Two videos depicting Toronto Mayor Rob Ford up to his old tricks – drunk, slurring, cursing and associating with suspected drug dealers – have seriously undermined the embattled mayor’s attempts to regain credibility and set the city back months, leaving us to relive the same frustrations and shame we had when our mayor was embroiled in possibly the largest drug and confidence scandal to hit Canadian politics.
Ford’s unapologetic return to controversy comes at a difficult time. Months of work had repaired some of his credibility at city hall and beyond. His return to the campaign trail was going according to plan, with sights set on re-election in October. Today, a significant debate about the city’s budget will take place. Ford has left himself a stuttering joke when he needs to be a mayor.
If it was at all possible for a politician to pull himself from the depths of disgrace, to clean up his image, shake off a crack scandal, police investigation and a history of "drunken stupors," and return to somewhere near the edge of legitimacy, Toronto Mayor Rob Ford had seemingly done it.
It has been months since claimed to swear off alcohol, for the good of the city, swore off drugs and promised to clean himself up; since he was seen with any suspected or alleged drug dealers. Since he went on an international television campaign, claimed to have a "come to Jesus" moment and vowed to set himself straight.
Some of the councillors who had voted to strip him of powers and authorities had begun to show him respect again; bridges he had so spectacularly burned were being rebuilt.
And the nightly jokes on late-night television had come to a rest. They are back now. "Thank you Canada," host Jimmy Kimmel quipped last night of Ford's latest inebriated video. "This almost makes up for Justin Bieber."
The videos in question are indeed a return to the shameful days of Ford past. This is the Hangover 2 of political scandals: Inevitable, predictable and devoid of humour or positivity. It is all the same storylines, just in a different location.
The saddest part of the latest Rob Ford affair is that absolutely none of it is shocking. It’s all been done before. The inebriated stumbling and mumbling, the culturally offensive accent and the foul language. The mayor of Toronto publicly undermining the Toronto Police Service, his hazy-eyed complaints of injustice and declarations that he is one of the good guys. Ford's dull-witted decision to meet alleged drug trafficker Alexander Lisi in the middle of the night. It’s all been done before.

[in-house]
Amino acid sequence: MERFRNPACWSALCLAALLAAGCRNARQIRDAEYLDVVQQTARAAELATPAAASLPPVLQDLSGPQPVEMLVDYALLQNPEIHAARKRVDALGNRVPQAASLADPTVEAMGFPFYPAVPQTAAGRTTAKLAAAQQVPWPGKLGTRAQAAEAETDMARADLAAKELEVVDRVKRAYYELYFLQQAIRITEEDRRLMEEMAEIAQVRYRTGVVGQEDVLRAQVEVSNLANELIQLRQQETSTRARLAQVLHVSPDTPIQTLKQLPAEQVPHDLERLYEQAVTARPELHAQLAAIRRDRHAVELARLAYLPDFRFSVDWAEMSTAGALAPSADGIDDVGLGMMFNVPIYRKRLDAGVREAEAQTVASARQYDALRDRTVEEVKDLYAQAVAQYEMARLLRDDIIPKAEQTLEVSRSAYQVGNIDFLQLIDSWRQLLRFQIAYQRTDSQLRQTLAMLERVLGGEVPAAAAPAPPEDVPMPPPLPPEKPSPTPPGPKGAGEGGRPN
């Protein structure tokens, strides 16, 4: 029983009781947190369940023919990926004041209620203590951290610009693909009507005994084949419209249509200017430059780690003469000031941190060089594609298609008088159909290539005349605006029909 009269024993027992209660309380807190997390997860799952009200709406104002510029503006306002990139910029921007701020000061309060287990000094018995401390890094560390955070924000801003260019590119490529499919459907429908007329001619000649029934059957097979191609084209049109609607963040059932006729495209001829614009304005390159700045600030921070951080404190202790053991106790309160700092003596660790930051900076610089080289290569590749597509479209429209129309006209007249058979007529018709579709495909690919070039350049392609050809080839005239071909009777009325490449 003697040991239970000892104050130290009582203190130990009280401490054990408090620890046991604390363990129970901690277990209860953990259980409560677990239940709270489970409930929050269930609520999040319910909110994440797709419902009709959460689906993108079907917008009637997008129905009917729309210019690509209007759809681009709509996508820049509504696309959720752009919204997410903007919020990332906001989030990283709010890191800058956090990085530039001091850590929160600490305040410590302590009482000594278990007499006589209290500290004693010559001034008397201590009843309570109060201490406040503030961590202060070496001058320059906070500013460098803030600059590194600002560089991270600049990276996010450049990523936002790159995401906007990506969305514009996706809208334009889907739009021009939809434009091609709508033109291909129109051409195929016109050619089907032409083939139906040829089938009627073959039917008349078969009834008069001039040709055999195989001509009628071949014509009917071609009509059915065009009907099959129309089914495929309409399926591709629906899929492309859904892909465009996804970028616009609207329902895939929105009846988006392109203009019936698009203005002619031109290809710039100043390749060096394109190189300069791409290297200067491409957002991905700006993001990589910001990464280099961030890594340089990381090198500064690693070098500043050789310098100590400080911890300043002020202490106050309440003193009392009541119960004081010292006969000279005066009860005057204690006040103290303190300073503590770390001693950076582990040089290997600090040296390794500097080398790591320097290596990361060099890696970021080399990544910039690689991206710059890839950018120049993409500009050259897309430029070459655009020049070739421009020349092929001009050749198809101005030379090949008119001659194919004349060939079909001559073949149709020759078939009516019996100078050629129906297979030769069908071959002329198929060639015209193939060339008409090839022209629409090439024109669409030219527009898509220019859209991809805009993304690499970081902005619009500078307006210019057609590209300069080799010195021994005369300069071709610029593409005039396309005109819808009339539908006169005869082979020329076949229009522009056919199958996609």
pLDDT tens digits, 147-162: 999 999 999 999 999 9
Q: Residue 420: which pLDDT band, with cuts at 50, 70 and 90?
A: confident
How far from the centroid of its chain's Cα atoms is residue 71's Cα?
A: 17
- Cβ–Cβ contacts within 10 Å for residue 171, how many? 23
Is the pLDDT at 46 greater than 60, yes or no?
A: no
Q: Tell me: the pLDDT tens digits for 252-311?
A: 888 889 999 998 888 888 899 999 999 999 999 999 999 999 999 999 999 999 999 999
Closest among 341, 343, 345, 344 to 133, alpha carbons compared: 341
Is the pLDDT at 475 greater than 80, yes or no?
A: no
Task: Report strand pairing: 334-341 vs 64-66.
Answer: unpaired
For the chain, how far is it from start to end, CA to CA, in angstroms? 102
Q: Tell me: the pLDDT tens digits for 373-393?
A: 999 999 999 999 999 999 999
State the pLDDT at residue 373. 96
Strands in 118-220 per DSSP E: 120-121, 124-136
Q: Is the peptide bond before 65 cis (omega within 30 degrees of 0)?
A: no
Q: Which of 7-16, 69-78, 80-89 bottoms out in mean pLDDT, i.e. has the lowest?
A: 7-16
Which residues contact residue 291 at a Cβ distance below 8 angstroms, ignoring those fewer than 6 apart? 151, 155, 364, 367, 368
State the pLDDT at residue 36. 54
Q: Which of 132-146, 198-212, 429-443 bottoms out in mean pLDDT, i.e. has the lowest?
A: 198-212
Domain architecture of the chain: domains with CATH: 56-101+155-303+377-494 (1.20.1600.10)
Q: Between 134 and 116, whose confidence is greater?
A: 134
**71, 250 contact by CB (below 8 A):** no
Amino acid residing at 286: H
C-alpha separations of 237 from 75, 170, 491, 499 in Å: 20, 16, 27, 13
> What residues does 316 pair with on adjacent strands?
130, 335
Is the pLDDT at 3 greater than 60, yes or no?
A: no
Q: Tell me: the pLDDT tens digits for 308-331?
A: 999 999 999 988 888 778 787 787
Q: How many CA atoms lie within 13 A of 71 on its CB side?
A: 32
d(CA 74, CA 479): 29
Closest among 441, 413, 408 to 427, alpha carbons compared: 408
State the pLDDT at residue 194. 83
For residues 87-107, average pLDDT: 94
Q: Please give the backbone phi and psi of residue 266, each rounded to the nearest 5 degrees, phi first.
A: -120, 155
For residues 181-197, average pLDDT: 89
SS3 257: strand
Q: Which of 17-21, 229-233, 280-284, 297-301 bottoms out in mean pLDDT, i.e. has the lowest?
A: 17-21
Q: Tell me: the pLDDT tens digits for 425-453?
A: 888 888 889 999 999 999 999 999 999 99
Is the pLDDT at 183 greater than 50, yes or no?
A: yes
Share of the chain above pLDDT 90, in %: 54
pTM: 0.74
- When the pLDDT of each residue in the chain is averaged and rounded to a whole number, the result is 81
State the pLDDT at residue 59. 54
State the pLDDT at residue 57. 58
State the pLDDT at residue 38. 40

Not even Ford's declaration that it is none of the public's business what he does on his personal time, after vowing for months that he was done with drugs and alcohol for the sake of the people of Toronto, is surprising at this point.
“I was with some friends and what I do in my personal life with my personal friends... it has nothing to do with you,” Ford said yesterday, dismissing the entire controversy, while simultaneously undermining his months of apparent hard work and dedication.
The problem is that Ford has made it our business. He is the mayor, but beyond that he is a mayor who found himself at the end of the rope and saved himself by promising to do better.
When he was asked just a week ago whether he had been drinking during a public appearance at a nightclub, he angrily shot back that he doesn’t drink anymore. Even the sincerity of his indignation isn’t believable anymore.
Ford previously said, before he promised to abandon alcohol entirely, that everybody drinks, everybody has been hammered. And if he wanted to get drunk on a Friday night, when he had nothing to do the next morning, then it was his perogative.
This wasn’t a Friday night. This was a Monday night, and he didn’t show up at city hall until 2 p.m. the following day. He left work shortly after 4 p.m. His re-election campaign manager, brother Coun. Doug Ford, guaranteed Ford hadn’t been drinking Monday night. That promise was undermined moments when the mayor defiantly declared that he had been.
Even Ford’s brother can’t trust his word. The public has given Ford more opportunity to clean up his act than most people receive. He has failed them at every turn.
No one is celebrating the fact that Ford has fallen off the wagon. No one is happy that he has once more failed the city, after an earnest vow never to let it happen again. Rob Ford needs help. And until he gets it he can’t be trusted.
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